Commercial real estate is similar to transport with certain areas really hard hit such as malls and office space and others that are relatively OK such as warehousing. This sector usually lags economy and so is hit later and will recover later, but next 6-9 months will be tenants’ market.

Community based organizations or the non-profit sector are important parts of the social safety net, and all have been negatively affected by the pandemic and economic downturn, losing both staff and revenue with donations down about 50%. The biggest drops, though, have hit arts and culture. However, all have been negatively affected by the decline in revenue for services from local governments while at the same time the demand for some services such as food banks are increasing.

Since the sector hires about 12 million people, the 3d largest in the US, but more importantly are the groups that connect most directly with those impacted by the pandemic, this is a very worrisome development. This is especially true for households of color with incomes below $50K that are the most likely to have lost income and thus have the biggest problem meeting normal household expenses. There is also the issue of whether the eviction moratorium that ends 12/31 will be extended, though the current bill waiting for the President’s signature seems to have some protection. SMEs in these areas of color are also seeing a deterioration in their neighborhoods despite benefiting from the PPE due to a lack of building maintenance, an area of concern as the country enters the winter months.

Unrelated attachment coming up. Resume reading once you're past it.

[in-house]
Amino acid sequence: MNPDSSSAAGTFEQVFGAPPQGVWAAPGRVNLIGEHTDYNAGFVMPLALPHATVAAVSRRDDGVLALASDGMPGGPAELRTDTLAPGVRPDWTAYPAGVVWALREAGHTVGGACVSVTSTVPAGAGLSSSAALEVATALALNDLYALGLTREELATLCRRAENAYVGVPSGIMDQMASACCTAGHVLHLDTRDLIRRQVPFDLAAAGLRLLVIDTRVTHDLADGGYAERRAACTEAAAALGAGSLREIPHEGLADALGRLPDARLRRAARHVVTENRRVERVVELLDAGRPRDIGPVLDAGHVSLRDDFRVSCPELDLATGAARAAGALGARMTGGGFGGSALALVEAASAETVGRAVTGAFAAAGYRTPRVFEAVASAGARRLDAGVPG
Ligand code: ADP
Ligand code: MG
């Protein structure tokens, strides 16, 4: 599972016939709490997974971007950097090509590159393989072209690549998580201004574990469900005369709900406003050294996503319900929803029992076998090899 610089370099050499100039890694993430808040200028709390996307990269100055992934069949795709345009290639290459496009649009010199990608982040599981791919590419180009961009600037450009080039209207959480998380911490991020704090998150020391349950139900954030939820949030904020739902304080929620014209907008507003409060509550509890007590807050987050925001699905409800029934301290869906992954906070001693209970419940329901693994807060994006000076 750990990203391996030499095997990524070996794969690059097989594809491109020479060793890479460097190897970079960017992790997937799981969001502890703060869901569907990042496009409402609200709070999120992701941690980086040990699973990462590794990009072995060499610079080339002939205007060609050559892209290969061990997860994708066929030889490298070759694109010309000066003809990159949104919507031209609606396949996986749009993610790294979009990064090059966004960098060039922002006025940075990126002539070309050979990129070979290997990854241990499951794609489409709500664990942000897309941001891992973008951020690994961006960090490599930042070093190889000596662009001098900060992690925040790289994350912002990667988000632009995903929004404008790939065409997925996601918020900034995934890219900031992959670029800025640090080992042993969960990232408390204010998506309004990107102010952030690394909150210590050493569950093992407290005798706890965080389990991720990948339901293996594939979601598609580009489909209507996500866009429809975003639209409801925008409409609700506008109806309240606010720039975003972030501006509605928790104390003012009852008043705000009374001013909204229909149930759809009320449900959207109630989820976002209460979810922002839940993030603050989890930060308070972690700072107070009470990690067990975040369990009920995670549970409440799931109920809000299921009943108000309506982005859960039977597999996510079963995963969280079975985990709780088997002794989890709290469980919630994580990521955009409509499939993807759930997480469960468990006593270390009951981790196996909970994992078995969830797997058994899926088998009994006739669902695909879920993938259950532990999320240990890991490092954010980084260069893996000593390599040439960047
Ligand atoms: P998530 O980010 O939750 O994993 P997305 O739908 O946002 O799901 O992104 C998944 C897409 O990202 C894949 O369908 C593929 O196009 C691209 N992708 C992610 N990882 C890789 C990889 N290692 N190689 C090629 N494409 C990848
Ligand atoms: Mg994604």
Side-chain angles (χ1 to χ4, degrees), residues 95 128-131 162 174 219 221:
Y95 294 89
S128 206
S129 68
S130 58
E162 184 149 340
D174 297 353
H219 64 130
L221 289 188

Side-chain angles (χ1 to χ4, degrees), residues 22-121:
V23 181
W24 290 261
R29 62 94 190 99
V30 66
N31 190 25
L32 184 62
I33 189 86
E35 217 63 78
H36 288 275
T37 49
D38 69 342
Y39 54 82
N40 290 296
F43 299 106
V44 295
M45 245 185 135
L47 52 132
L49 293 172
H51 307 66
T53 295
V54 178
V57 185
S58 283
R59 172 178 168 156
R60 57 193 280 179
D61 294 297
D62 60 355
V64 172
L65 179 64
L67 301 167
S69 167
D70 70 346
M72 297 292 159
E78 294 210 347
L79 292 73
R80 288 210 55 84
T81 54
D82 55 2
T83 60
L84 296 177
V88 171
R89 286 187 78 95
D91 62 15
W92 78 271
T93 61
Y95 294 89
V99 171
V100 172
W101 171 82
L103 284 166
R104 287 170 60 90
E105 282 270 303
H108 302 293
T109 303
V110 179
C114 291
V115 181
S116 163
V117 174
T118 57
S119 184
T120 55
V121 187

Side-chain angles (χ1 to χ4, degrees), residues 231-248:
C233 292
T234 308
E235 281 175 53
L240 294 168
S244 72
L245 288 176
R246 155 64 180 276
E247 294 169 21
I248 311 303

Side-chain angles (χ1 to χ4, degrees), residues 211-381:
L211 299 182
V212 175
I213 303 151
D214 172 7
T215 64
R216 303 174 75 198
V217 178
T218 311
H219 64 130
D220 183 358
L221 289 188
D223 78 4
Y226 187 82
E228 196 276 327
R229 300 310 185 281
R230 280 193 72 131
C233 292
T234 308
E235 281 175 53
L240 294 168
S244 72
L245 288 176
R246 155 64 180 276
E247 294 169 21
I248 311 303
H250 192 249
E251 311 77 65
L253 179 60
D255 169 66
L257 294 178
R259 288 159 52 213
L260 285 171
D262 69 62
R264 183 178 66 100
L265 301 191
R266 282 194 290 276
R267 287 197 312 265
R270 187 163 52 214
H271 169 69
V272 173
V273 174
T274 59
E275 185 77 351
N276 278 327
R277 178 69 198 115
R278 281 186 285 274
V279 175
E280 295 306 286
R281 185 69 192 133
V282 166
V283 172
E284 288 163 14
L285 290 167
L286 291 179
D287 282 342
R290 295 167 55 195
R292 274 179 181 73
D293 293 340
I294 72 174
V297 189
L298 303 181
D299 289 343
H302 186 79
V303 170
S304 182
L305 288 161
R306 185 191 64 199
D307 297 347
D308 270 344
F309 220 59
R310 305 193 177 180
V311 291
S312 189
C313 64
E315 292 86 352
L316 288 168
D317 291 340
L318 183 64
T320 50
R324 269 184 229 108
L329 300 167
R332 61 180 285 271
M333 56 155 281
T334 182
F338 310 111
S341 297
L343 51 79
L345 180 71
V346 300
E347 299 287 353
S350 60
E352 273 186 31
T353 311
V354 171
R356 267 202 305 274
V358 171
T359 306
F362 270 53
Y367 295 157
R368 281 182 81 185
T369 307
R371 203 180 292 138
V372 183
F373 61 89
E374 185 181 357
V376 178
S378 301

While some forecasters expect a quick recovery after Covid-19 many organizations may not survive through next six to nine months since there is a connection between the declining budgets for state and local governments and the non-profits needed to support these neighborhoods since the former often hire the latter to carry out certain support and outreach activities. Therefore, while Medicare and Medicaid have filled some gaps, a rationing of services is likely, and some tough choices will have to be made that will widen the gap between the better-off households and others that are in real need and are overwhelmingly communities of color.

This should lead to a discussion of equity as well as income and wealth inequality at several policy levels. Failure to address these concerns in turn will lead to an erosion of trust in democratic institutions and increased trust in state capitalism, especially in light of industrial change. Indeed, if state and local governments cut headcount and support to non-profits who then also reduce headcount, not only will the social safety-net suffer, office and space requirements will be reduced, negatively impacting the commercial real estate market even after people can return to the office. On the other hand demand for and access to broadband demand will continue to expand as local governments and non-profits shift more to a work from home format.

The moderator then closed the Conference wishing everyone a safe and happy holiday as do I!